Everfuel has signed a deal to build a hydrogen refueling station in Germany, while the European Hydrogen Backbone initiative has accelerated its own program to produce 20.6 million tons of renewable, low-carbon European hydrogen. Separately, the UK government published its hydrogen investor roadmap to 2030.
Helmholtz-Zentrum Berlin has unveiled new technology to improve thin metal oxide films for solar water splitting, and the European Energy Exchange has announced plans for a new hydrogen index. Indian Oil, Larsen & Toubro, and ReNew have agreed to set up a joint venture to develop India’s green hydrogen sector. And Iberdrola has revealed a plan to produce industrial green hydrogen, in cooperation with the European Investment Bank.
Research activities on hydrogen are in full swing at Penn State University, University of Aberdeen, Brunel University London, Loughborough University and Cardiff University. This week marks a systemic shift towards hydrogen in research, production, sale and consumption.
UK climate tech business Levidian has presented a new device. Loop hydrogen has a typical levelized cost of hydrogen (LCOH) of around £2.27/kg, the company told pv magazine. Meanwhile, companies are considering investment in the Celtic Sea, Hamburg, and Galicia and Toyota has announced that hydrogen-powered engine performance has been improved to levels comparable to gasoline engines in just six months.
China presented on Mar. 23 its first long-term plan for hydrogen, targeting production of green hydrogen between 100,000 and 200,000 tonnes per year by 2025, while India and Japan have agreed to expand the scope of their energy collaboration to cover solar power, clean hydrogen, electric vehicles, and battery storage. Furthermore, French gas giant Air Liquide said it want to increase research investments in hydrogen mobility and heavy-duty mobility and German electrolyzer manufacturer Sunfire raised a total of €86 million to expand its manufacturing capacity.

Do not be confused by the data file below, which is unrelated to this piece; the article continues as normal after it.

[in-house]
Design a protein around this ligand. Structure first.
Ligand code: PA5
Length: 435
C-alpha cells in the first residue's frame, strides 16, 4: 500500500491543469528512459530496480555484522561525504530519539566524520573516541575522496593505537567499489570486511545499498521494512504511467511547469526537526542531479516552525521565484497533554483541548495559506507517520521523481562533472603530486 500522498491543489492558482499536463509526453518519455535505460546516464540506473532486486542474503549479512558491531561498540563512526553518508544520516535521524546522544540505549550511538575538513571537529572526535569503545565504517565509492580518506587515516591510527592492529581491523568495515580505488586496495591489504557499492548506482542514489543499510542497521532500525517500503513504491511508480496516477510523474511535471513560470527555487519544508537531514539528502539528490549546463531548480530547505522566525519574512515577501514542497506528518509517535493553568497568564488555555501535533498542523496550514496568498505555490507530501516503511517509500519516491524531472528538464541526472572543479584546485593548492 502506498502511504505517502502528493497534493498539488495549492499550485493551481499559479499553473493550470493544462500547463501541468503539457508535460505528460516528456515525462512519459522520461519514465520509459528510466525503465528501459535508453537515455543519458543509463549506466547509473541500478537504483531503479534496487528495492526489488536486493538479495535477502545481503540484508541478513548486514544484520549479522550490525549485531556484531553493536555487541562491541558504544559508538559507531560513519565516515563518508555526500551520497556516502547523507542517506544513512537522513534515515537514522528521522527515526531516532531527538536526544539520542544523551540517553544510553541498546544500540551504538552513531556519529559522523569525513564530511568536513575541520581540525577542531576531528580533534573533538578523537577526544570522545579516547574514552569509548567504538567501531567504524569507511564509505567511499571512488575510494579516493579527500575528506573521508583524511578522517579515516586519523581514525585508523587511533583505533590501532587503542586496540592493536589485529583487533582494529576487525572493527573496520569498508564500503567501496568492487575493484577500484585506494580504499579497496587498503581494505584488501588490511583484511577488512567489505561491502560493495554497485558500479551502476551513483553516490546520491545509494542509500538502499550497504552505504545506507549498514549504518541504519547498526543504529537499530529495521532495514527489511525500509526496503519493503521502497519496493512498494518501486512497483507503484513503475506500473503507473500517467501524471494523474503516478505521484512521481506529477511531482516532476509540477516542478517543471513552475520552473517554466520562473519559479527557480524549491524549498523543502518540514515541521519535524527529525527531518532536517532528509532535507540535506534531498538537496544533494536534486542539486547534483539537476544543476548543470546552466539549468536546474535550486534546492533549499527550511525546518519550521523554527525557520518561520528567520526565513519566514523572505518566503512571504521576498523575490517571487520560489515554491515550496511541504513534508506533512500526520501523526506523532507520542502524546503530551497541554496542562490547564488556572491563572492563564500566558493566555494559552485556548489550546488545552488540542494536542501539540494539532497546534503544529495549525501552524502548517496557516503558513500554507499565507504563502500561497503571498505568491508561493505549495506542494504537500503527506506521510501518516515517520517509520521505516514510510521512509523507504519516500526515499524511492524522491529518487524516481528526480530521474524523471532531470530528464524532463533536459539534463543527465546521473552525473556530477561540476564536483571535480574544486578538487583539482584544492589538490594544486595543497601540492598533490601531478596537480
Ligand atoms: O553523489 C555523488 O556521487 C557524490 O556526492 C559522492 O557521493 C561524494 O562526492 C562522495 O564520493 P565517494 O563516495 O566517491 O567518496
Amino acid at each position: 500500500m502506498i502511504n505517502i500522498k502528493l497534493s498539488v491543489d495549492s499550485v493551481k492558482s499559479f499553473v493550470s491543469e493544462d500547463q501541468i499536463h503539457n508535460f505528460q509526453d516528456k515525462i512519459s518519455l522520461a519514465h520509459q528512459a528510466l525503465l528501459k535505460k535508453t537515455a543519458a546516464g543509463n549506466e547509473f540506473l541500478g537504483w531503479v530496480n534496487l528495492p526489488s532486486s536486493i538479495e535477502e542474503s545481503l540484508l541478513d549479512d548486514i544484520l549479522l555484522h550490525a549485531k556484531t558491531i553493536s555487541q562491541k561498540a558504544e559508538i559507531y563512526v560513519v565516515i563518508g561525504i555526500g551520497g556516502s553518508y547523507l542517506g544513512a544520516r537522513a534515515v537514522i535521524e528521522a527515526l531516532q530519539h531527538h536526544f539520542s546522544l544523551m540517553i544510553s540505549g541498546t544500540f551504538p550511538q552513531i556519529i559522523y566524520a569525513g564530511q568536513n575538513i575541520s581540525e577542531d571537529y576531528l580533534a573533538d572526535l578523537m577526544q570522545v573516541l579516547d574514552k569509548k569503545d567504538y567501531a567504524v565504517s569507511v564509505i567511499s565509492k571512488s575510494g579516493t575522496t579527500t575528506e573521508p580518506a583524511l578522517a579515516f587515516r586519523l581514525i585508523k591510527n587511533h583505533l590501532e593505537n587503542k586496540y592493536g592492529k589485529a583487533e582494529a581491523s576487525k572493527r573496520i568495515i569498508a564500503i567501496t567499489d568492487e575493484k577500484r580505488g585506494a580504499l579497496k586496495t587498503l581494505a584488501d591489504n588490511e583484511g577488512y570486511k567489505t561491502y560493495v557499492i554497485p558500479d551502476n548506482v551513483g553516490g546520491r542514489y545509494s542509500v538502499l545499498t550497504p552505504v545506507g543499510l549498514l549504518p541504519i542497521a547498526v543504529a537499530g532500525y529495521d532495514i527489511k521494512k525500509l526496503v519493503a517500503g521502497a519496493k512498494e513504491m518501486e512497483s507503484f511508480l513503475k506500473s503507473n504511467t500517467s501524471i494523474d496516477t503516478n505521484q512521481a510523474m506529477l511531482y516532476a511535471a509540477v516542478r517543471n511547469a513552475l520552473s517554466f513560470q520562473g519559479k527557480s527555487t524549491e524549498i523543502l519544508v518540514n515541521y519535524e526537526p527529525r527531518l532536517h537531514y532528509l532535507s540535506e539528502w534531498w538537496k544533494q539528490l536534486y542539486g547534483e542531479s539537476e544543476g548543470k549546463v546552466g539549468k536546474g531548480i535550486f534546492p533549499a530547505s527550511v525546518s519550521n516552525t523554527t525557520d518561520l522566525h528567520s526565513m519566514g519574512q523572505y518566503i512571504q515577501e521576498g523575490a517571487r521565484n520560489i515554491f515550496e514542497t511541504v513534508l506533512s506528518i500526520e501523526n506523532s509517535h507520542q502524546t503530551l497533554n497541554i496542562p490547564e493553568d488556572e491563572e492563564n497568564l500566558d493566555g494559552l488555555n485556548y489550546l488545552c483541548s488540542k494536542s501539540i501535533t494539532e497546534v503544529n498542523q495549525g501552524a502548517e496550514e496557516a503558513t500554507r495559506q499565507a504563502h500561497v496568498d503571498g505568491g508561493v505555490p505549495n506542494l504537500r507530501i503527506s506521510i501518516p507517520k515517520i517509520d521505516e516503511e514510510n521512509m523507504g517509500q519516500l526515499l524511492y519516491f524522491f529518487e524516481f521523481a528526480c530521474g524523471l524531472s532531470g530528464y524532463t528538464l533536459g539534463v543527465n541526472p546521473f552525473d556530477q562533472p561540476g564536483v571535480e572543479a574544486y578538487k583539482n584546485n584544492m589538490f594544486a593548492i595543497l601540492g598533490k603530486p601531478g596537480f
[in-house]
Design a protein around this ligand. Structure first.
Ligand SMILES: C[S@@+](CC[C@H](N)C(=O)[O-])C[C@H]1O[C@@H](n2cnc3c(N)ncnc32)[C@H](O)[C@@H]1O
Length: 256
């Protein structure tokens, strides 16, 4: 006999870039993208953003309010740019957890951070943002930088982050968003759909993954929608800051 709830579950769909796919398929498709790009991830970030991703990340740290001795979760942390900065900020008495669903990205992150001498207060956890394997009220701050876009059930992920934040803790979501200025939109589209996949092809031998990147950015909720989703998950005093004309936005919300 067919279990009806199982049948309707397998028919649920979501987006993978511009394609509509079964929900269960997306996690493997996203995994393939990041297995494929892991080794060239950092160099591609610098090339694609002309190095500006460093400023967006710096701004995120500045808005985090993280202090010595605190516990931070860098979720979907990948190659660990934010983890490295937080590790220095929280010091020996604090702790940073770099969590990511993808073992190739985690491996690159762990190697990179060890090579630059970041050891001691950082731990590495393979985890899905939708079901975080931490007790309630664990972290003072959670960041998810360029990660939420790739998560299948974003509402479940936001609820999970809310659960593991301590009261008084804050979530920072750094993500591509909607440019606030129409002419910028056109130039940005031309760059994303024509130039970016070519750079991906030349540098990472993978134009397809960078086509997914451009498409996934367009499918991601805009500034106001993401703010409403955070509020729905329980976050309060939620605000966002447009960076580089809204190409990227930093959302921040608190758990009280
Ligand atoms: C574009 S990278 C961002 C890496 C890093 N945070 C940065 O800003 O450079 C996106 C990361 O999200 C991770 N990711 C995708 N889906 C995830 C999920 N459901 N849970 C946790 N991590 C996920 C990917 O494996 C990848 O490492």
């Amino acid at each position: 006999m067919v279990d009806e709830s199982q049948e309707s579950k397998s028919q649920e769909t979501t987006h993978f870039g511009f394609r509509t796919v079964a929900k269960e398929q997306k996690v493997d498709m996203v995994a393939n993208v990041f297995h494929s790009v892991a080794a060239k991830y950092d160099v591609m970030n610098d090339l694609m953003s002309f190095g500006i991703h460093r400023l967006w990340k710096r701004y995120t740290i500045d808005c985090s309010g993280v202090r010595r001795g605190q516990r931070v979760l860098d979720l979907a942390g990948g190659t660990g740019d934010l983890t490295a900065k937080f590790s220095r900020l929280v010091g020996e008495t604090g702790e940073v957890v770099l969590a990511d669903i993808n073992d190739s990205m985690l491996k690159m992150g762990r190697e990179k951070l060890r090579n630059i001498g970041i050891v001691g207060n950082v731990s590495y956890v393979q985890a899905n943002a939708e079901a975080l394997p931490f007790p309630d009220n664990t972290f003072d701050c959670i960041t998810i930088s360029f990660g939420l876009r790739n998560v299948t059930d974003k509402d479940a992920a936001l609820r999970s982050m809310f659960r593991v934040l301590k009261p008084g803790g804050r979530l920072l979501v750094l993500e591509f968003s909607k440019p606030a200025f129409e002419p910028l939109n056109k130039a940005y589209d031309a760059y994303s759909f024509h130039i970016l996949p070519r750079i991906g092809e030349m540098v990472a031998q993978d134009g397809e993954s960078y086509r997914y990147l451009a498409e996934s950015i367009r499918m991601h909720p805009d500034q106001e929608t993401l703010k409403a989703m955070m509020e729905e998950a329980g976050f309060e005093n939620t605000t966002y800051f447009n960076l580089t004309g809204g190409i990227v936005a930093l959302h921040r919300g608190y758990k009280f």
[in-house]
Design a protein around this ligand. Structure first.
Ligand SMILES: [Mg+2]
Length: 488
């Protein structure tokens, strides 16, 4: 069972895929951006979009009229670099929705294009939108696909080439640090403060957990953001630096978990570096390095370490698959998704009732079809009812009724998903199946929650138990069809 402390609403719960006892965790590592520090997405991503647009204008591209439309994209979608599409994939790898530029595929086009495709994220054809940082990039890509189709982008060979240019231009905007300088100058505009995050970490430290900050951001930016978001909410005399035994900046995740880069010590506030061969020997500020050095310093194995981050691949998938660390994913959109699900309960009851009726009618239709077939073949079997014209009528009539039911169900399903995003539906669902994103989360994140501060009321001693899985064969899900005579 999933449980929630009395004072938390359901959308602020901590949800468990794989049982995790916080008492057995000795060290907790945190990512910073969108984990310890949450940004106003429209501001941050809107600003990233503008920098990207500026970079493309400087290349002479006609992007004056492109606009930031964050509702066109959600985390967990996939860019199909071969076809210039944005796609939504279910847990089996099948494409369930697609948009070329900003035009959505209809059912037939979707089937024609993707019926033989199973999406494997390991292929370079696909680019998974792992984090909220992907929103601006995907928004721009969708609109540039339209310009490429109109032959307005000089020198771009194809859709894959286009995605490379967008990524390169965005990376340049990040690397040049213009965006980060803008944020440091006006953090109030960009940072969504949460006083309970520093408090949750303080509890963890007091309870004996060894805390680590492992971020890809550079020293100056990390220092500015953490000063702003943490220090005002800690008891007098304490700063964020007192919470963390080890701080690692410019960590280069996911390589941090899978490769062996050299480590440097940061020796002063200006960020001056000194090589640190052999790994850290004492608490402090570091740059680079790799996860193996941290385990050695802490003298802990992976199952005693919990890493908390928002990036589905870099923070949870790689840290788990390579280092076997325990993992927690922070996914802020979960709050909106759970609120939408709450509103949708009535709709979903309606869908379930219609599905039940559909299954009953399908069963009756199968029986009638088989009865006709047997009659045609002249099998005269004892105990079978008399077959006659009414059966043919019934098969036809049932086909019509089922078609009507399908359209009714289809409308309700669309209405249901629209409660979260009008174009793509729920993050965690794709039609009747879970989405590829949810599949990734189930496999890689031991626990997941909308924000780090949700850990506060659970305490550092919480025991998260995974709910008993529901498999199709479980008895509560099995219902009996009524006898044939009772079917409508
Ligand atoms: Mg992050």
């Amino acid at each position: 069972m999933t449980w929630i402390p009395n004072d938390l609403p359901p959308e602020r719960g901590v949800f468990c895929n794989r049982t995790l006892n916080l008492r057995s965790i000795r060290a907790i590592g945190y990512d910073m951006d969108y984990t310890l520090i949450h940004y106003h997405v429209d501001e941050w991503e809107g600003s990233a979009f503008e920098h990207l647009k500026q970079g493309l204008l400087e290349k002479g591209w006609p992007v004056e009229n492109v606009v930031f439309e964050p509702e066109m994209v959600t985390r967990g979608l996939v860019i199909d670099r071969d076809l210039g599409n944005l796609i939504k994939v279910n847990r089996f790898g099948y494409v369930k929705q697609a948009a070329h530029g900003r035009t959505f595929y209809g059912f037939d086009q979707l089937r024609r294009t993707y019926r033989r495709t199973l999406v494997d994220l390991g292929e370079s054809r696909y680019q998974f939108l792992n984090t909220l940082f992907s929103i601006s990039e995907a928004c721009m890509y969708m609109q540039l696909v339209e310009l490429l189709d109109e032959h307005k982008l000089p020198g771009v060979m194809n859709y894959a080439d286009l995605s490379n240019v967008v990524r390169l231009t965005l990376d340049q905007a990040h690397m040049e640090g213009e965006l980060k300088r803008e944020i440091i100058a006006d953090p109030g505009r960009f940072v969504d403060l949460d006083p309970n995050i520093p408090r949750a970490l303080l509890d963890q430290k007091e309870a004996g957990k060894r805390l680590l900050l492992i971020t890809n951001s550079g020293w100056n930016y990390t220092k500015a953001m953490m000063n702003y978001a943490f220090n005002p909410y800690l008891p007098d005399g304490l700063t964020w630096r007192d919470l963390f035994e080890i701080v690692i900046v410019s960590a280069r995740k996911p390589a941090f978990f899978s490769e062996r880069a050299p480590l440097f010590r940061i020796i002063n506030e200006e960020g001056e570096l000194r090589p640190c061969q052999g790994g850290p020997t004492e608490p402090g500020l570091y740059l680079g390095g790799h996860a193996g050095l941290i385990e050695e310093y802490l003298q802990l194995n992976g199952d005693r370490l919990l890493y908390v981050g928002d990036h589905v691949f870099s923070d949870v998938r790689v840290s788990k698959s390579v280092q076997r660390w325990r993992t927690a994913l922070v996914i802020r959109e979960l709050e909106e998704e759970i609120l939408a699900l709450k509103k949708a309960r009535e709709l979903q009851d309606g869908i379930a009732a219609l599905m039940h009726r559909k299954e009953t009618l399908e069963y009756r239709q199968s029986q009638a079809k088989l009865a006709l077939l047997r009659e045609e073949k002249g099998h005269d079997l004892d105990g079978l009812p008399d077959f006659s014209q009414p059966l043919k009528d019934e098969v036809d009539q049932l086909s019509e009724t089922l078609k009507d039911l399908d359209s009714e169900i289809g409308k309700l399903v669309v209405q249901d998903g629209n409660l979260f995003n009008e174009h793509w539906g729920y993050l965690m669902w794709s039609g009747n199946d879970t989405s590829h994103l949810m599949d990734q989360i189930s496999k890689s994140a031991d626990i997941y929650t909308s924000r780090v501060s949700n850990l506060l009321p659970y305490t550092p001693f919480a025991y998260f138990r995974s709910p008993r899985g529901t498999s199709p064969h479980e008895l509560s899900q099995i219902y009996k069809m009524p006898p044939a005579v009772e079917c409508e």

Elsewhere, the Fraunhofer ISE research institute has unveiled a new tool for high-resolution power-to-X kinetic analysis, and German entities have signed partnership agreements with the Abu Dhabi National Oil Company.
Elsewhere, the Danish government announced a plan to deploy up to 6 GW of electrolyzer capacity by 2030 and Germany and Norway agreed to conduct a feasibility study on large-scale hydrogen transport, including via pipeline.
Elsewhere, Scatec and partners have signed a memorandum of understanding to develop a large scale green ammonia facility in Egypt. Hydrogen developments were also announced in India and the United Kingdom.
Researchers from Saudi Arabia’s King Abdullah University of Science and Technology have presented the results of a low-cost method of generating carbon-free hydrogen. In other news, Norwegian fuel cell producer Nel ASA said it was ready to increase its electrolyzer production capacity to meet the European Union’s raised ambitions for renewable hydrogen, while oil giant Petronas Eneos announced plans to set up a hydrogen production plant in Indonesia.
With fears over Europe’s gas supply tightening, the Australian government is forging ahead in the green hydrogen sector by launching tech incubator HyGate and awarding Volt Advisory Group cash to develop a renewable energy microgrid. Australian business Fortescue Future Industries and Europe’s Airbus will work on hydrogen-powered aircraft and Kawasaki Heavy Industries is making strides in transporting hydrogen from the state of Victoria.
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